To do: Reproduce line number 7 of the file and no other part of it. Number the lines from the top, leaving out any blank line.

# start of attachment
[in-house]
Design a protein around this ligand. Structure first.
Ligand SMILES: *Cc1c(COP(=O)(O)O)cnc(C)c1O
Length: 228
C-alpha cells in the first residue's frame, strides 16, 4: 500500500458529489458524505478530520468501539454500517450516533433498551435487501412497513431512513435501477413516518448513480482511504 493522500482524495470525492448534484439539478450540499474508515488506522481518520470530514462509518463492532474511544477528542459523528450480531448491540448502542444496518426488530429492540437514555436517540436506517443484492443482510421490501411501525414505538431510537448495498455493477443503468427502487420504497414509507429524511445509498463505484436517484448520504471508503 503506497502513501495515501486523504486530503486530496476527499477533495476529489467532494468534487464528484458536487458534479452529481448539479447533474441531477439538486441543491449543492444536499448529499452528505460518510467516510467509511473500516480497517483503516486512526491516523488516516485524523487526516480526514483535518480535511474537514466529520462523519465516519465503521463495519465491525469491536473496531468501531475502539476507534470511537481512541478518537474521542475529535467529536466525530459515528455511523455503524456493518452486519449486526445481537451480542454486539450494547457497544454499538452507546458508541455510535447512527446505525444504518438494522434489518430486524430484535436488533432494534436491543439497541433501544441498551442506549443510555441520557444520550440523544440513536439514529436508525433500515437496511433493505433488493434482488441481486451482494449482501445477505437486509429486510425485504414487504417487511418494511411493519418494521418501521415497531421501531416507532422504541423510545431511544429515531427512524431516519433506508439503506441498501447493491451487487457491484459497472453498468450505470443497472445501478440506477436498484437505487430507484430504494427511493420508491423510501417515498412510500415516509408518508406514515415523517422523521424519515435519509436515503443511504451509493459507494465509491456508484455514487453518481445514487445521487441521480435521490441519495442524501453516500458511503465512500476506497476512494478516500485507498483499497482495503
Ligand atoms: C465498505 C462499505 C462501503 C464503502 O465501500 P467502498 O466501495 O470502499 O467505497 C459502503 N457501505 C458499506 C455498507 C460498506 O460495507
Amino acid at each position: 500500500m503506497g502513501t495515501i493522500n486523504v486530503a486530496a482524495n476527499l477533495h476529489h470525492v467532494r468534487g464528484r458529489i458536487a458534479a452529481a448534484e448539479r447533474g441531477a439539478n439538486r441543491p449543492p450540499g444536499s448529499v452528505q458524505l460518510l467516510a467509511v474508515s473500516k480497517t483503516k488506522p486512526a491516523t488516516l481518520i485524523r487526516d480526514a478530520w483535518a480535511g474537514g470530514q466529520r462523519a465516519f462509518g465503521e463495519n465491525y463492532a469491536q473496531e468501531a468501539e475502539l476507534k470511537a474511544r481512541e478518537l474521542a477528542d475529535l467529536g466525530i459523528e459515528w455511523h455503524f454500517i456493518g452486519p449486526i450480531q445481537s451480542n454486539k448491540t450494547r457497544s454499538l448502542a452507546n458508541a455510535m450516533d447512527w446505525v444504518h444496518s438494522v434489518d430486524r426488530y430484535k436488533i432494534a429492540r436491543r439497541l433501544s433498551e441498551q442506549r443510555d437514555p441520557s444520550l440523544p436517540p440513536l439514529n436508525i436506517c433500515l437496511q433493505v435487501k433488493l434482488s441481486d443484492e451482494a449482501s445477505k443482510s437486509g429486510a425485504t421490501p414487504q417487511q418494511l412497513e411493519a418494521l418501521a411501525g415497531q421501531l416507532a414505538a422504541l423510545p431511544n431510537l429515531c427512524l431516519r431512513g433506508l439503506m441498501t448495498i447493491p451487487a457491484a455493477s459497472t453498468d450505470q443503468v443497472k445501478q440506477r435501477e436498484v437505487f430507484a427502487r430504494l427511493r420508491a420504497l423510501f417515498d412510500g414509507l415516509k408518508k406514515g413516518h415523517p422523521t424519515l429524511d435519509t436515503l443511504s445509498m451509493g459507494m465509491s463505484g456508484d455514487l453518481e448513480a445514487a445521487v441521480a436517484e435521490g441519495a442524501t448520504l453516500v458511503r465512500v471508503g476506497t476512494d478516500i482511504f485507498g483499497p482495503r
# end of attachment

Amino acid at each position: 500500500m503506497g502513501t495515501i493522500n486523504v486530503a486530496a482524495n476527499l477533495h476529489h470525492v467532494r468534487g464528484r458529489i458536487a458534479a452529481a448534484e448539479r447533474g441531477a439539478n439538486r441543491p449543492p450540499g444536499s448529499v452528505q458524505l460518510l467516510a467509511v474508515s473500516k480497517t483503516k488506522p486512526a491516523t488516516l481518520i485524523r487526516d480526514a478530520w483535518a480535511g474537514g470530514q466529520r462523519a465516519f462509518g465503521e463495519n465491525y463492532a469491536q473496531e468501531a468501539e475502539l476507534k470511537a474511544r481512541e478518537l474521542a477528542d475529535l467529536g466525530i459523528e459515528w455511523h455503524f454500517i456493518g452486519p449486526i450480531q445481537s451480542n454486539k448491540t450494547r457497544s454499538l448502542a452507546n458508541a455510535m450516533d447512527w446505525v444504518h444496518s438494522v434489518d430486524r426488530y430484535k436488533i432494534a429492540r436491543r439497541l433501544s433498551e441498551q442506549r443510555d437514555p441520557s444520550l440523544p436517540p440513536l439514529n436508525i436506517c433500515l437496511q433493505v435487501k433488493l434482488s441481486d443484492e451482494a449482501s445477505k443482510s437486509g429486510a425485504t421490501p414487504q417487511q418494511l412497513e411493519a418494521l418501521a411501525g415497531q421501531l416507532a414505538a422504541l423510545p431511544n431510537l429515531c427512524l431516519r431512513g433506508l439503506m441498501t448495498i447493491p451487487a457491484a455493477s459497472t453498468d450505470q443503468v443497472k445501478q440506477r435501477e436498484v437505487f430507484a427502487r430504494l427511493r420508491a420504497l423510501f417515498d412510500g414509507l415516509k408518508k406514515g413516518h415523517p422523521t424519515l429524511d435519509t436515503l443511504s445509498m451509493g459507494m465509491s463505484g456508484d455514487l453518481e448513480a445514487a445521487v441521480a436517484e435521490g441519495a442524501t448520504l453516500v458511503r465512500v471508503g476506497t476512494d478516500i482511504f485507498g483499497p482495503r